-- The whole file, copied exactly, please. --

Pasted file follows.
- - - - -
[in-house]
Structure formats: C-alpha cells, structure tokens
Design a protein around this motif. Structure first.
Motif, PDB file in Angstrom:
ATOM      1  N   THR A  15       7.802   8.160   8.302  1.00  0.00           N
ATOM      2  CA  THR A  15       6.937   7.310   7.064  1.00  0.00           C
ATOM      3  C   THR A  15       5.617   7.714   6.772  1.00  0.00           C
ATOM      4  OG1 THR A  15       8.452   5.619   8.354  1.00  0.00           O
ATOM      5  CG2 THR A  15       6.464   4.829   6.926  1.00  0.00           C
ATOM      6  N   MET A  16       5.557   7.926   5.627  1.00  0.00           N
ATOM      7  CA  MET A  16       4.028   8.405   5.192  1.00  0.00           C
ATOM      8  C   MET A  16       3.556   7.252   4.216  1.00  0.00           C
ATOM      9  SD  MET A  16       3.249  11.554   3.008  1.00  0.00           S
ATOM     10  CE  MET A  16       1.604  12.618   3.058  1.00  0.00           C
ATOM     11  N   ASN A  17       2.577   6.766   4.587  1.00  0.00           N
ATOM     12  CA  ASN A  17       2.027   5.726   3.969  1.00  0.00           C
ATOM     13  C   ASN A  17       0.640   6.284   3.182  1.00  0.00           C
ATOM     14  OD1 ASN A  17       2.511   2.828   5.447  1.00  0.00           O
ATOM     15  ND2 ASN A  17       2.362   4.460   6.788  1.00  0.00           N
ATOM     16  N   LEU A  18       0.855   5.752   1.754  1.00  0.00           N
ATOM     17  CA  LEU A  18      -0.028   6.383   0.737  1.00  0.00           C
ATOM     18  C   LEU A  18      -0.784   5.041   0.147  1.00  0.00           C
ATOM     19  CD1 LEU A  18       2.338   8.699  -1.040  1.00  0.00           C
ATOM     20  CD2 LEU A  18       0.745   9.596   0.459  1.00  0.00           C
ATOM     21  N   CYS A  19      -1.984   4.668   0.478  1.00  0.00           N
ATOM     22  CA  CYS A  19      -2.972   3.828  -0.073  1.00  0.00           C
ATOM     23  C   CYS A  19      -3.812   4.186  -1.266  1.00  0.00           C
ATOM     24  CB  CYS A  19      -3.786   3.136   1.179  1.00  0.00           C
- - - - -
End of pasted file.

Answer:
[in-house]
Structure formats: C-alpha cells, structure tokens
Design a protein around this motif. Structure first.
Motif, PDB file in Angstrom:
ATOM      1  N   THR A  15       7.802   8.160   8.302  1.00  0.00           N
ATOM      2  CA  THR A  15       6.937   7.310   7.064  1.00  0.00           C
ATOM      3  C   THR A  15       5.617   7.714   6.772  1.00  0.00           C
ATOM      4  OG1 THR A  15       8.452   5.619   8.354  1.00  0.00           O
ATOM      5  CG2 THR A  15       6.464   4.829   6.926  1.00  0.00           C
ATOM      6  N   MET A  16       5.557   7.926   5.627  1.00  0.00           N
ATOM      7  CA  MET A  16       4.028   8.405   5.192  1.00  0.00           C
ATOM      8  C   MET A  16       3.556   7.252   4.216  1.00  0.00           C
ATOM      9  SD  MET A  16       3.249  11.554   3.008  1.00  0.00           S
ATOM     10  CE  MET A  16       1.604  12.618   3.058  1.00  0.00           C
ATOM     11  N   ASN A  17       2.577   6.766   4.587  1.00  0.00           N
ATOM     12  CA  ASN A  17       2.027   5.726   3.969  1.00  0.00           C
ATOM     13  C   ASN A  17       0.640   6.284   3.182  1.00  0.00           C
ATOM     14  OD1 ASN A  17       2.511   2.828   5.447  1.00  0.00           O
ATOM     15  ND2 ASN A  17       2.362   4.460   6.788  1.00  0.00           N
ATOM     16  N   LEU A  18       0.855   5.752   1.754  1.00  0.00           N
ATOM     17  CA  LEU A  18      -0.028   6.383   0.737  1.00  0.00           C
ATOM     18  C   LEU A  18      -0.784   5.041   0.147  1.00  0.00           C
ATOM     19  CD1 LEU A  18       2.338   8.699  -1.040  1.00  0.00           C
ATOM     20  CD2 LEU A  18       0.745   9.596   0.459  1.00  0.00           C
ATOM     21  N   CYS A  19      -1.984   4.668   0.478  1.00  0.00           N
ATOM     22  CA  CYS A  19      -2.972   3.828  -0.073  1.00  0.00           C
ATOM     23  C   CYS A  19      -3.812   4.186  -1.266  1.00  0.00           C
ATOM     24  CB  CYS A  19      -3.786   3.136   1.179  1.00  0.00           C